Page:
[Written by Beth Leishman]
[Image Credit: Pixnio//pixel2013]
It’s 2019. We need to stop romanticising creepiness.
In the wake of the #MeToo movement, there is an increasingly popular trend for female authors and screenwriters to tell romantic stories through the male gaze. Doing so allows them to showcase the hypocrisy and excuses employed to justify the mistreatment of women. This also taps into one of the integral elements of feminism; the need to examine and challenge toxic masculinities, for the sake of both men and women.
In 2017 Kristen Roupenian’s Cat Person went viral; the short story skillfully examined the edges of consent and bad sex. In her more recent work The Good Guy, she takes the perspective of Ted who narrates details of his troublesome relationships with women, spanning from his very first kiss in the front of a car to his tenth-plus break-up which ends up in him going to A&E. Likewise, the new Netflix series You, adapted from the book by the same name by Caroline Kepnes, is seen from the perspective of Joe, who rationalises his stalker-homicidal behaviour as shows of affection and love towards the subject of his obsession, Beck.
In one sense, these narratives encourage the audience to empathise with the male protagonists, even though their actions inflict pain on to the lives of the women they claim to love. Joe’s care for Paco—his young next-door neighbour whose mother is trapped in an abusive relationship—encourages our sympathy, particularly when seen in conjunction with flashbacks to Joe’s own mistreatment by his guardian when he was a teenager working in the bookstore that he now manages. Similarly, Ted’s intense self-criticism, which manifests itself in his head as ‘a tribunal of all the girls who’d ever rejected him’, encourages pity from the reader, and goes some way to explain—if not excuse—his emotional detachment from romantic partners and the violent nature of his sexual fantasies: The story opens with the harrowing line ‘By the time he was 35, the only way Ted could get hard and remain so for the duration of sexual intercourse was to pretend that his dick was a knife, and the woman he was fucking was stabbing herself with it’.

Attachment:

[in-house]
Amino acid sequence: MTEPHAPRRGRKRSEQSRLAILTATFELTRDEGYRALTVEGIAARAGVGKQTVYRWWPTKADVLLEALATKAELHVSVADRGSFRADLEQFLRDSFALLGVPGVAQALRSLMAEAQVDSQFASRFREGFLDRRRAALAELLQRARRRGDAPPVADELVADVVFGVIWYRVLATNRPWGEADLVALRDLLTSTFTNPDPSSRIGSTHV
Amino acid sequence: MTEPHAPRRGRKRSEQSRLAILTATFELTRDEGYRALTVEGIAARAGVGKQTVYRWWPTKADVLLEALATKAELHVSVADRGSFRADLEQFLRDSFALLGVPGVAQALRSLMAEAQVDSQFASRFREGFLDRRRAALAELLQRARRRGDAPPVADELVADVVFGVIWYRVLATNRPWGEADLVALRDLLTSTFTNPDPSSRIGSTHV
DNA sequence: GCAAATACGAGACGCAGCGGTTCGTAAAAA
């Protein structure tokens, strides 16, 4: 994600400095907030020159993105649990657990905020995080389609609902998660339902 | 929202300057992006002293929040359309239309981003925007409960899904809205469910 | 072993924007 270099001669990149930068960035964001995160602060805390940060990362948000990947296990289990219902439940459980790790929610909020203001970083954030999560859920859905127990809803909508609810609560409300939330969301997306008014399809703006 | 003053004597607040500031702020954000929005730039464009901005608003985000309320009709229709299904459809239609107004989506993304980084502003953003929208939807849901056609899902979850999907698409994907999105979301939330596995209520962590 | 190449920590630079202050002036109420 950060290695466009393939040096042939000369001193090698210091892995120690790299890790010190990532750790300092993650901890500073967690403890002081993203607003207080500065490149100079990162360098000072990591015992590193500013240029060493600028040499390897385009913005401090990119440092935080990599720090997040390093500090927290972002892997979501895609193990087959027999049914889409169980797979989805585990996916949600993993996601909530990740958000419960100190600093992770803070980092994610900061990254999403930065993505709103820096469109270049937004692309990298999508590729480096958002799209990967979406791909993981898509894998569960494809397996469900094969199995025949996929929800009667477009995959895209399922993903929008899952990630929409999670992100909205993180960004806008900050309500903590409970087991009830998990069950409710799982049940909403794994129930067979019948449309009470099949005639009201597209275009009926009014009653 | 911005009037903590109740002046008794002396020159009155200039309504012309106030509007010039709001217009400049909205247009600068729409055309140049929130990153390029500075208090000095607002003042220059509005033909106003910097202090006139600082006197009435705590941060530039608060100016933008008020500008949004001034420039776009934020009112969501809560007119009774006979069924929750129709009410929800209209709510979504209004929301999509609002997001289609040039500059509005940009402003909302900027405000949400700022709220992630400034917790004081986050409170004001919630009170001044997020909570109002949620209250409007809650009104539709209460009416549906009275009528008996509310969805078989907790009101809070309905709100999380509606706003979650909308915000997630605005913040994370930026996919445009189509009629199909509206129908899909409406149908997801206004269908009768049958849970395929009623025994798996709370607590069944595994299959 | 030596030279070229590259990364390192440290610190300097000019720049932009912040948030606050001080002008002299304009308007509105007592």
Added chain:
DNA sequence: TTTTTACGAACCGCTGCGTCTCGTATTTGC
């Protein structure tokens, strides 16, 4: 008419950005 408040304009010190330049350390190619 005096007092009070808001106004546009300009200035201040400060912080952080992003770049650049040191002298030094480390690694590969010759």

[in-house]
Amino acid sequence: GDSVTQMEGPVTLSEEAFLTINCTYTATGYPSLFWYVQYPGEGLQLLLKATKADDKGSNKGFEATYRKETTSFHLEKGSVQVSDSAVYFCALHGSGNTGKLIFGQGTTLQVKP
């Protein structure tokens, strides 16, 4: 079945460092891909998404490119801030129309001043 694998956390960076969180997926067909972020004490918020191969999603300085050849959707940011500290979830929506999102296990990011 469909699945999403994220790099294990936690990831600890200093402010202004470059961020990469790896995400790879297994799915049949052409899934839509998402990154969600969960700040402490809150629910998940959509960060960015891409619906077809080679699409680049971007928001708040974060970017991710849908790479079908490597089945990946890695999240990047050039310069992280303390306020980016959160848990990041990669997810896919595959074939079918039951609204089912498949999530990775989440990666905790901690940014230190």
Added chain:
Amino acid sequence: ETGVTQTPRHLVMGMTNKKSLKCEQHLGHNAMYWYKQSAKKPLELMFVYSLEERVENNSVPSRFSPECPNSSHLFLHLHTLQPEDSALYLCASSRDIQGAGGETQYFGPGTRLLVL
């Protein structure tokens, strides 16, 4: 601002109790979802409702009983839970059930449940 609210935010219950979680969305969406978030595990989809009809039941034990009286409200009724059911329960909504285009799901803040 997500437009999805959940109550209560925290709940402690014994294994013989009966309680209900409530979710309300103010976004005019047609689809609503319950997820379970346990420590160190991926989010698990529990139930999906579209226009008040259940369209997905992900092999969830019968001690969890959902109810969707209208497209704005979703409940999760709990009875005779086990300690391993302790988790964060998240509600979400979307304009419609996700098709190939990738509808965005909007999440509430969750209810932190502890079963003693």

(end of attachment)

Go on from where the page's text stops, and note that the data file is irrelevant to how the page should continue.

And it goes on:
The empathy we experience towards these male characters is misplaced, considering our full knowledge of their manipulative, perverse treatment of the women whom they sexually desire. They both display reprehensible behaviour; Joe kidnaps Beck’s lover, and Ted masturbates during platonic phone calls with his female friend. However, this is the intention of the writers. As our narrators repeatedly ensure us that their callous, inappropriate, even illegal actions are done solely out of kindness and protection for their unsuspecting ‘damsels’, we, the audience, are almost lulled into believing the same flawed logic enlisted by the abusers as justification for their wrongdoings. Particularly when watching You, viewers must actively remind themselves of the darker forces at play behind the glossy veneer of what appears to be a typical romance story.
Stories like The Good Guy and You showcase the need for a wider deconstruction of romantic tropes within film and literature, as creepy, controlling behaviour—think romantic icons like Christian Grey, Mr Rochester, even the fairy-tale figure of Prince Charming—they are not only deemed acceptable, but wildly eroticised. It is important to challenge the large-scale misconception of obsessive behaviour as romantic display, both on the page and the screen. By enlisting a male voice to narrate stories about sex, desire, and relationships, writers such as Roupenian and Kepnes begin to deconstruct the traditional portrayal of male figures within love stories as chivalrous and saviour-like to reveal the raw, vulnerable, and often sinister character facets which really formulate male romantic heroes.
[Image Description: a close-up image of a pile of heart-shaped sequins which change colour from red to pink to gold depending on the angle the light is hitting them.]